* Greek CDS, spreads widen after Moody’s downgrade
* Portuguese yields at new highs ahead of supply
* Bunds lower in thin trade; oil prices watched
* Curve steepens, but seen as short-lived move
By Kirsten Donovan
LONDON, March 7 (Reuters) - Greek and Portuguese government bond yields rose on Monday after Moody’s slashed Athens’ credit rating, with the latter reaching new euro lifetime highs ahead of a debt sale later this week.
Moody’s cut Greece’s credit rating three notches to B1, deep into “junk” territory and highlighted the risks the country might have to restructure its debt.
Greek bonds underperformed German benchmark debt, increasing the 10-year yield spread by 7 basis points to 917 bps.
Portuguese bonds were caught in the backlash, with both 2- and 10-year yields PT2YT=TWEBPT10YT=TWEB reaching new euro lifetime highs of 6.24 percent and 7.65 percent respectively.
“It’s a combination of supply on Wednesday...and the rating downgrades of Greece and Spain on Friday probably have not helped the tone,” a trader said.
“It’s very very thin but we are getting to levels that it’s fairly serious.”
Portugal is seen as the next most likely candidate for a bailout with funding at current yield levels an unsustainable prospect and with its bonds under pressure anyway ahead of a 2-year bond sale on Wednesday.
Greece led a rise in five-year credit default swaps in peripheral Europe, with a 52 basis point increase on the day to 1,035 bps, according to Markit.
“The stressed selling of Greece continues,” another trader said. “The very long end of the Greek curve prices in a significant haircut at this stage, but there is still room for the five- and the 10-year to move towards that.”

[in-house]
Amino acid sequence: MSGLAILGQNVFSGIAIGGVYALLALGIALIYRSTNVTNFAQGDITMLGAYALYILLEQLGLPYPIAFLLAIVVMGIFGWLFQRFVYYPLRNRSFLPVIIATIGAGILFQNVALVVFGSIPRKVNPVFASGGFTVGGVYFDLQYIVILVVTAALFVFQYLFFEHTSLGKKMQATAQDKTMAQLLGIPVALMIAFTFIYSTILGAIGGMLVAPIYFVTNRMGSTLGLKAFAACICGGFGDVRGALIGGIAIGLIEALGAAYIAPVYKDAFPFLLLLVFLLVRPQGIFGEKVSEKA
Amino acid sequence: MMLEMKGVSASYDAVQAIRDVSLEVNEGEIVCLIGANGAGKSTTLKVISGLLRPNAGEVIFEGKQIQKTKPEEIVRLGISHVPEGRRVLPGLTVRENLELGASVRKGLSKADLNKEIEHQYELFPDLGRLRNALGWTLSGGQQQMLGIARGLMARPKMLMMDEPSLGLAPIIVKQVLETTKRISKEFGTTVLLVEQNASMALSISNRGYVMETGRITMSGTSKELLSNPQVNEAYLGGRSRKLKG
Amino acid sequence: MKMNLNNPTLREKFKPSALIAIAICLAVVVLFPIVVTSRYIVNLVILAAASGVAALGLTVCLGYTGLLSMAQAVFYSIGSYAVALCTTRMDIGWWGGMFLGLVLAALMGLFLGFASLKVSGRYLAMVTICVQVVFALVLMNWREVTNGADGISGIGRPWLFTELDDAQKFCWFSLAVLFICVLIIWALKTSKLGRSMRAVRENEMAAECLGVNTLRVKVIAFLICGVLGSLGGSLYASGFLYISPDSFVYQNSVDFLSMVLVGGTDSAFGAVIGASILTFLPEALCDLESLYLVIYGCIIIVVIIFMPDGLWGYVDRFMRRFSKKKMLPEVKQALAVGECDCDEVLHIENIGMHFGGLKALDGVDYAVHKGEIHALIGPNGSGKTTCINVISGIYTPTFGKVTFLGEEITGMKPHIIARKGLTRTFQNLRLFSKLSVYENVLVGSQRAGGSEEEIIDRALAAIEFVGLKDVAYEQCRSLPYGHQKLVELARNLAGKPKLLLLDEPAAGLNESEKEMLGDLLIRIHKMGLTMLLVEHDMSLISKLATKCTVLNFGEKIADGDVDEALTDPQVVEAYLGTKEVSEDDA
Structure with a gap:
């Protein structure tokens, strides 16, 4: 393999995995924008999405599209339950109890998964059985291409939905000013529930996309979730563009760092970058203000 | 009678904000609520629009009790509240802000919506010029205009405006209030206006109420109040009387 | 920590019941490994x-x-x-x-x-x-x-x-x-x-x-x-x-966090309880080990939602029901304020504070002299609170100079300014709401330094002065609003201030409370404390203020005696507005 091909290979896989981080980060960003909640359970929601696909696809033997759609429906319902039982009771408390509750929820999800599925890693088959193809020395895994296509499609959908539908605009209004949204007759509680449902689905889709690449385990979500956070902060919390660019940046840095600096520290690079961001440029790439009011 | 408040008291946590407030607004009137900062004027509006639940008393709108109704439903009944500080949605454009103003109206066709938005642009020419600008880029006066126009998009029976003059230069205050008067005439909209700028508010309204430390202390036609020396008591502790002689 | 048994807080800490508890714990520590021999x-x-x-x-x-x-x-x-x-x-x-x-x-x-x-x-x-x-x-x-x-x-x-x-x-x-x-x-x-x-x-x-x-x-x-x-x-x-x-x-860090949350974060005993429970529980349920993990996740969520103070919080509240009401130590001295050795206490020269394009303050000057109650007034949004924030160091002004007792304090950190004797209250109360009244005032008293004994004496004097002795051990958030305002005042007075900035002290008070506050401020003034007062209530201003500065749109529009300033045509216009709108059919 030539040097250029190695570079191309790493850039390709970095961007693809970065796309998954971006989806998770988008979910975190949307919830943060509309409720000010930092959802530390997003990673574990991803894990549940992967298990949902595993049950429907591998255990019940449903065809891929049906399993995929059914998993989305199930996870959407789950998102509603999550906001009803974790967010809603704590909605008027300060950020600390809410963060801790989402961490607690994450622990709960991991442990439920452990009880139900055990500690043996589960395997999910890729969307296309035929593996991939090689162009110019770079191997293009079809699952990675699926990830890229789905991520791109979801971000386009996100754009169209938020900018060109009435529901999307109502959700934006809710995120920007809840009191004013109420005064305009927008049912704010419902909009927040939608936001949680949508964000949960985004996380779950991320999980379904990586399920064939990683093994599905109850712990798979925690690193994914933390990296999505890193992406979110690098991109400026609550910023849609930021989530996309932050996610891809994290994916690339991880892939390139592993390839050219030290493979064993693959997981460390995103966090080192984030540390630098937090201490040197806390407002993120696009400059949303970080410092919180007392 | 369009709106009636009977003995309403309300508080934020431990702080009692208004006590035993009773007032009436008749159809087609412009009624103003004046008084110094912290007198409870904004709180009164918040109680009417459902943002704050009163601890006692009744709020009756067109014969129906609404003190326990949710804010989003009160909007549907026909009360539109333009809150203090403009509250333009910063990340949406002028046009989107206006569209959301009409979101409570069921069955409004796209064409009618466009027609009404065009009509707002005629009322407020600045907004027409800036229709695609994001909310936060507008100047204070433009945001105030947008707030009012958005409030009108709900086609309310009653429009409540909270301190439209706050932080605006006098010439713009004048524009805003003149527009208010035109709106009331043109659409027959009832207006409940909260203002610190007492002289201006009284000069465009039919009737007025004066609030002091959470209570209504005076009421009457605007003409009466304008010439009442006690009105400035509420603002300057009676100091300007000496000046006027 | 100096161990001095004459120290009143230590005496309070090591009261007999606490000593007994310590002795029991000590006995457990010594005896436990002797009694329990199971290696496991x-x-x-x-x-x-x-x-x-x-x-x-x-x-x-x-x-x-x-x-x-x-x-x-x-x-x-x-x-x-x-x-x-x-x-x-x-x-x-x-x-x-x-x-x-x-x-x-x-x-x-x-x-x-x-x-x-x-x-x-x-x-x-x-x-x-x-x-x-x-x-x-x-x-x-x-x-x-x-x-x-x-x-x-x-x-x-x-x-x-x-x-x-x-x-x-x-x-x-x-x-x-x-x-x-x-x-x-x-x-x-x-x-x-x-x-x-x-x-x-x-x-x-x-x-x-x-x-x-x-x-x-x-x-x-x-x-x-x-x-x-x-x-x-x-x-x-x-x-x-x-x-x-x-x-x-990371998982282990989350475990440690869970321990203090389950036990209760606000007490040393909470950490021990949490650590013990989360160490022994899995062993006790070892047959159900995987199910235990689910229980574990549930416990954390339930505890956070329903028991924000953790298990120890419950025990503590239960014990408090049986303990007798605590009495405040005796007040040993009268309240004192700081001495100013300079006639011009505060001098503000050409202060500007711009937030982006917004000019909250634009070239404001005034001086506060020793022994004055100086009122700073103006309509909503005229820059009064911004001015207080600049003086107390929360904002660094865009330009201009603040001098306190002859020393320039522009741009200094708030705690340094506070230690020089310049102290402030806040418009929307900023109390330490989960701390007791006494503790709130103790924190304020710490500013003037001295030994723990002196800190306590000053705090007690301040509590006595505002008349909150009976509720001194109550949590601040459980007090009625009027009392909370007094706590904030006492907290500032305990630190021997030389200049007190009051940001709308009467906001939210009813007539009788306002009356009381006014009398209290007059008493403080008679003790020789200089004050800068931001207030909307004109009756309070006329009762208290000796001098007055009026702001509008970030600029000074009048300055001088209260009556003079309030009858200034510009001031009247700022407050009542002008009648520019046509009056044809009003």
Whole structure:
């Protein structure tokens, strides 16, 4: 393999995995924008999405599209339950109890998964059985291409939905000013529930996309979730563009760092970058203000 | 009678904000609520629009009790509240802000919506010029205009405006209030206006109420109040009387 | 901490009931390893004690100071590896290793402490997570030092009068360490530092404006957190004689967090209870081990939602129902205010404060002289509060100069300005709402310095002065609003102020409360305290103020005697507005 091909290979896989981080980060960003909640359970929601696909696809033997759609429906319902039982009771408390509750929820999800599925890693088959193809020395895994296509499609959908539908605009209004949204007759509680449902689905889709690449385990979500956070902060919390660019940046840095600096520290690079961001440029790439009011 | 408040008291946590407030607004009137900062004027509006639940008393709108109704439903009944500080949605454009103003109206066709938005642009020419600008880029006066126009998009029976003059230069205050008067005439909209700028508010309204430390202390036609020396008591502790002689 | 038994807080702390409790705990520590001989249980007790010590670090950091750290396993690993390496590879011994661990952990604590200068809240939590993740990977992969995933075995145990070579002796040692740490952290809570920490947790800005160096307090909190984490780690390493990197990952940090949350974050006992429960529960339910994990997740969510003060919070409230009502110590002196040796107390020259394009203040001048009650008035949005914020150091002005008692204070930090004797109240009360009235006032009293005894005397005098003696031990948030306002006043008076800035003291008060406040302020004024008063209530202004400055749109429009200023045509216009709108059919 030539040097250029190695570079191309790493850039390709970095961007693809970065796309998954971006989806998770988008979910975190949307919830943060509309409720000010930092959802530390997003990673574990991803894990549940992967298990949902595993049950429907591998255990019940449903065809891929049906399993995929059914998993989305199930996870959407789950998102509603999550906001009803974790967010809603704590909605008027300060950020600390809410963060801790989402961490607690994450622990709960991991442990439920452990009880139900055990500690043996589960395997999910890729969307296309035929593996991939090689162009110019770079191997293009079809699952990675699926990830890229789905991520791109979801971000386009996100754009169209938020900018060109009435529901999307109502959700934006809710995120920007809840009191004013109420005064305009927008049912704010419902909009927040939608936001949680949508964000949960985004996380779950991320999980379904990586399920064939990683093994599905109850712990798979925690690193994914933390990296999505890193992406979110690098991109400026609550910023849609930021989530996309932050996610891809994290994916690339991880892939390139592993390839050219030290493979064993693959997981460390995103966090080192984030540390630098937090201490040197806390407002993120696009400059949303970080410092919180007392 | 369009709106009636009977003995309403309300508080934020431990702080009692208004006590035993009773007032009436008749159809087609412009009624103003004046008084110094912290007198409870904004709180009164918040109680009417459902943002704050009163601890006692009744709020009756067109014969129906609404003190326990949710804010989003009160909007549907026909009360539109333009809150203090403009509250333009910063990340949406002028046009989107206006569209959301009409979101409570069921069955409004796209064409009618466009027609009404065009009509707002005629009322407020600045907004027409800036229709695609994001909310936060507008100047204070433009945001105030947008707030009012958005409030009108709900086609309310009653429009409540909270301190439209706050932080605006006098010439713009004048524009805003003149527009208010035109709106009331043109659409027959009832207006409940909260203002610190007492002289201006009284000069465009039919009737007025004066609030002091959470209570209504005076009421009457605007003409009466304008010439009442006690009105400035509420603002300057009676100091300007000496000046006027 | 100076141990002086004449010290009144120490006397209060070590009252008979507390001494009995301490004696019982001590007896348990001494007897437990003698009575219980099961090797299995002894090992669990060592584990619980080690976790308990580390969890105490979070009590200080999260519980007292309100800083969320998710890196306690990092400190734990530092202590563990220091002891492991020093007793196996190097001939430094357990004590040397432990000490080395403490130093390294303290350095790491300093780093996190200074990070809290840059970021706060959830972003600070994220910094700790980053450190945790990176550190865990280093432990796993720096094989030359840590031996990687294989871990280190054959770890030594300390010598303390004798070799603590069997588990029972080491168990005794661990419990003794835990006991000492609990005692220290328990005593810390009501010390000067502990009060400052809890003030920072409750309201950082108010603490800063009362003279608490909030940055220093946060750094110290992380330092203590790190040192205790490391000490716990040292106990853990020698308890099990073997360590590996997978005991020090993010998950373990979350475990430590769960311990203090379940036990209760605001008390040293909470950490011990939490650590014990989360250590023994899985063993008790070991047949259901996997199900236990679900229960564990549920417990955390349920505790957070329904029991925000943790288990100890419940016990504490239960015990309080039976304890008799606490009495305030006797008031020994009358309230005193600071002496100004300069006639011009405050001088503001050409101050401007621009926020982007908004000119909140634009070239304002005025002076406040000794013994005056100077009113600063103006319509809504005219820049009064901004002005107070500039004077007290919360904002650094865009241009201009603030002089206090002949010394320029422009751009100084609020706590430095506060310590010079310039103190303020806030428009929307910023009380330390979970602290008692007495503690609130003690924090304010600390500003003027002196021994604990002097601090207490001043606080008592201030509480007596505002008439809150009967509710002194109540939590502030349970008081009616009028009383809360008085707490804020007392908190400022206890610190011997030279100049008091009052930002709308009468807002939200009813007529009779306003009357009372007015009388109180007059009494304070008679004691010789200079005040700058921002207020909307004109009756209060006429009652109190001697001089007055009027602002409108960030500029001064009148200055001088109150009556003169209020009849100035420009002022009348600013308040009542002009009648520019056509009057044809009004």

A change in Spain’s rating outlook to negative by rating agency Fitch drew less reaction in the bond market because it merely brought the agency into line with its competitors.
Markets are scrutinising any comments from euro zone leaders in the run-up to their meeting on Friday to discuss possible solutions to the bloc’s debt crisis.
March Bund futures FGBLc1 settled 12 ticks down at 123.03, with June futures FGBLM1, which become the front month on Tuesday — down 10 ticks at 121.64.
The yield curve steepened with 10-year German Bund yields DE10YT=TWEB half a basis point higher at 3.389 percent and two-year yields DE2YT=TWEB down 1.1 bps at 1.759 percent.
“The bear steepening that we have seen today, along with the spread widening in Greece and Portugal, is an indication the market is pricing in some credibility transfer going into the important EU meetings this month,” said Norbert Aul, rate strategist at RBC Capital Markets.
Bunds were under pressure for most of the session not only from the periphery but also as oil prices CLc1 eased from 30-month highs hit as conflict in Libya threatenedd to escalate into civil war, giving a bid to riskier assets such as equities [ID:nLDE7260G5].
Bund prices often fall as oil prices rise on fears of inflation and signs of economic growth, but the relationship has shifted in recent weeks with futures prices showing their strongest positive correlation (over a 30-day period) in almost two decades, according to Reuters data.
Markets are also shifting focus back from safe haven flows to the risk of official efforts to tame inflation after the European Central Bank surprised last week by signalling it could hike interest rates as soon as April.
That is likely to fuel further flattening pressure in the German 2/10-year curve, despite an outperformance of the two-year Schatz note on Monday due to a profit taking and the underperformance of longer-dated paper.
“Going forward, the ECB should have the bigger impact...the flattening pressure from monetary policy should be more pronounced although a lot depends on how the EU summits turn out,” RBC’s Aul said.
Analysts have suggested using any steepening moves to reset bets that the curve will flatten.
Editing by Ron Askew